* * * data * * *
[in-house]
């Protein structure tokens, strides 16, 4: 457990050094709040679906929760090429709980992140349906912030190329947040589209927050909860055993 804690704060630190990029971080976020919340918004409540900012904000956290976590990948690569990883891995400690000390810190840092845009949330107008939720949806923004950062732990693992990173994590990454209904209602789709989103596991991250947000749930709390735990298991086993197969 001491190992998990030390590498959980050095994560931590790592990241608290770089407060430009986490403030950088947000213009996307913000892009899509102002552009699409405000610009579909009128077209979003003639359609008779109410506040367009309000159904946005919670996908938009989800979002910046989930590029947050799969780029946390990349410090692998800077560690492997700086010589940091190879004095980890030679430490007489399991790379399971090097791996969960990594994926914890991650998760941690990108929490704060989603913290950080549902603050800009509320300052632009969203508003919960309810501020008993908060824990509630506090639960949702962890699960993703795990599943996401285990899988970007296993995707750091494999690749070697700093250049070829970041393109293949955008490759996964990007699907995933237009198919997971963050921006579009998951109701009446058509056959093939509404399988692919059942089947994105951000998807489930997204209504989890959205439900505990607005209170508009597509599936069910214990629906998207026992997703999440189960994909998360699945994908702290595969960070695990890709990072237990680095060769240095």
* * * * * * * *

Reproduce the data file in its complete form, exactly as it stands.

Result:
[in-house]
């Protein structure tokens, strides 16, 4: 457990050094709040679906929760090429709980992140349906912030190329947040589209927050909860055993 804690704060630190990029971080976020919340918004409540900012904000956290976590990948690569990883891995400690000390810190840092845009949330107008939720949806923004950062732990693992990173994590990454209904209602789709989103596991991250947000749930709390735990298991086993197969 001491190992998990030390590498959980050095994560931590790592990241608290770089407060430009986490403030950088947000213009996307913000892009899509102002552009699409405000610009579909009128077209979003003639359609008779109410506040367009309000159904946005919670996908938009989800979002910046989930590029947050799969780029946390990349410090692998800077560690492997700086010589940091190879004095980890030679430490007489399991790379399971090097791996969960990594994926914890991650998760941690990108929490704060989603913290950080549902603050800009509320300052632009969203508003919960309810501020008993908060824990509630506090639960949702962890699960993703795990599943996401285990899988970007296993995707750091494999690749070697700093250049070829970041393109293949955008490759996964990007699907995933237009198919997971963050921006579009998951109701009446058509056959093939509404399988692919059942089947994105951000998807489930997204209504989890959205439900505990607005209170508009597509599936069910214990629906998207026992997703999440189960994909998360699945994908702290595969960070695990890709990072237990680095060769240095």